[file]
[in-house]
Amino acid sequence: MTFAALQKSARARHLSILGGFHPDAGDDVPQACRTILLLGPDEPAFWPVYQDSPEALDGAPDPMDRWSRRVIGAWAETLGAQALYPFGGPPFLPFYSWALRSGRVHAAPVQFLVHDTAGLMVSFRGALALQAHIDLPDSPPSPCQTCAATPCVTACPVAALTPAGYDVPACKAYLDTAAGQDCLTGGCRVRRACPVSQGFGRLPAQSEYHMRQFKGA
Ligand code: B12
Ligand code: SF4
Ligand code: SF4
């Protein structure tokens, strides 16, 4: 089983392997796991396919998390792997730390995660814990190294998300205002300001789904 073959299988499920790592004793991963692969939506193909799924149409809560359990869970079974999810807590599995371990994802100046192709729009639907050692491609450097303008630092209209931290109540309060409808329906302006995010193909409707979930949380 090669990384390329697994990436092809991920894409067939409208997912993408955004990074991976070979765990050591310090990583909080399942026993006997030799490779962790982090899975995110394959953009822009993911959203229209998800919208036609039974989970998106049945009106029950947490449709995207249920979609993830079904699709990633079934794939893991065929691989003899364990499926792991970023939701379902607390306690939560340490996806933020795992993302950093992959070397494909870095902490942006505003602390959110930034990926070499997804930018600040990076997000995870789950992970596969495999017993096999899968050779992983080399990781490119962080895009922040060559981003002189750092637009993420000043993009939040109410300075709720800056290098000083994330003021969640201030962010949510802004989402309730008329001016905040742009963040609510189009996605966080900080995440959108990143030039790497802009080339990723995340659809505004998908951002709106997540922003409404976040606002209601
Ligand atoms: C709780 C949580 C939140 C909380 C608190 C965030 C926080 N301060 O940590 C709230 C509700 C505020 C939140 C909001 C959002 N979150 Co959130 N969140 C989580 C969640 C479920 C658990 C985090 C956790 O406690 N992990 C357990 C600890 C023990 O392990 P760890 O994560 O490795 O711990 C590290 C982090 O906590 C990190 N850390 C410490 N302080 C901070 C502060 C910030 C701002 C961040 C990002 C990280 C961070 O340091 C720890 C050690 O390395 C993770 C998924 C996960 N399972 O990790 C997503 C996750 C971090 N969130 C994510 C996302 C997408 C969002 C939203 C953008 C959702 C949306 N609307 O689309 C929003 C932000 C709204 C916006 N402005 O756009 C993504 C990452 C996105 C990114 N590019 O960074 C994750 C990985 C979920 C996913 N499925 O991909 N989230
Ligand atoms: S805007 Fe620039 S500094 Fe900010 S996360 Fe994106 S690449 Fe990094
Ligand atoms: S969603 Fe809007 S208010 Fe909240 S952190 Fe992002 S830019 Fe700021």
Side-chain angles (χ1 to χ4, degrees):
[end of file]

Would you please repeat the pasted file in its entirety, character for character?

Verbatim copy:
[in-house]
Amino acid sequence: MTFAALQKSARARHLSILGGFHPDAGDDVPQACRTILLLGPDEPAFWPVYQDSPEALDGAPDPMDRWSRRVIGAWAETLGAQALYPFGGPPFLPFYSWALRSGRVHAAPVQFLVHDTAGLMVSFRGALALQAHIDLPDSPPSPCQTCAATPCVTACPVAALTPAGYDVPACKAYLDTAAGQDCLTGGCRVRRACPVSQGFGRLPAQSEYHMRQFKGA
Ligand code: B12
Ligand code: SF4
Ligand code: SF4
């Protein structure tokens, strides 16, 4: 089983392997796991396919998390792997730390995660814990190294998300205002300001789904 073959299988499920790592004793991963692969939506193909799924149409809560359990869970079974999810807590599995371990994802100046192709729009639907050692491609450097303008630092209209931290109540309060409808329906302006995010193909409707979930949380 090669990384390329697994990436092809991920894409067939409208997912993408955004990074991976070979765990050591310090990583909080399942026993006997030799490779962790982090899975995110394959953009822009993911959203229209998800919208036609039974989970998106049945009106029950947490449709995207249920979609993830079904699709990633079934794939893991065929691989003899364990499926792991970023939701379902607390306690939560340490996806933020795992993302950093992959070397494909870095902490942006505003602390959110930034990926070499997804930018600040990076997000995870789950992970596969495999017993096999899968050779992983080399990781490119962080895009922040060559981003002189750092637009993420000043993009939040109410300075709720800056290098000083994330003021969640201030962010949510802004989402309730008329001016905040742009963040609510189009996605966080900080995440959108990143030039790497802009080339990723995340659809505004998908951002709106997540922003409404976040606002209601
Ligand atoms: C709780 C949580 C939140 C909380 C608190 C965030 C926080 N301060 O940590 C709230 C509700 C505020 C939140 C909001 C959002 N979150 Co959130 N969140 C989580 C969640 C479920 C658990 C985090 C956790 O406690 N992990 C357990 C600890 C023990 O392990 P760890 O994560 O490795 O711990 C590290 C982090 O906590 C990190 N850390 C410490 N302080 C901070 C502060 C910030 C701002 C961040 C990002 C990280 C961070 O340091 C720890 C050690 O390395 C993770 C998924 C996960 N399972 O990790 C997503 C996750 C971090 N969130 C994510 C996302 C997408 C969002 C939203 C953008 C959702 C949306 N609307 O689309 C929003 C932000 C709204 C916006 N402005 O756009 C993504 C990452 C996105 C990114 N590019 O960074 C994750 C990985 C979920 C996913 N499925 O991909 N989230
Ligand atoms: S805007 Fe620039 S500094 Fe900010 S996360 Fe994106 S690449 Fe990094
Ligand atoms: S969603 Fe809007 S208010 Fe909240 S952190 Fe992002 S830019 Fe700021």
Side-chain angles (χ1 to χ4, degrees):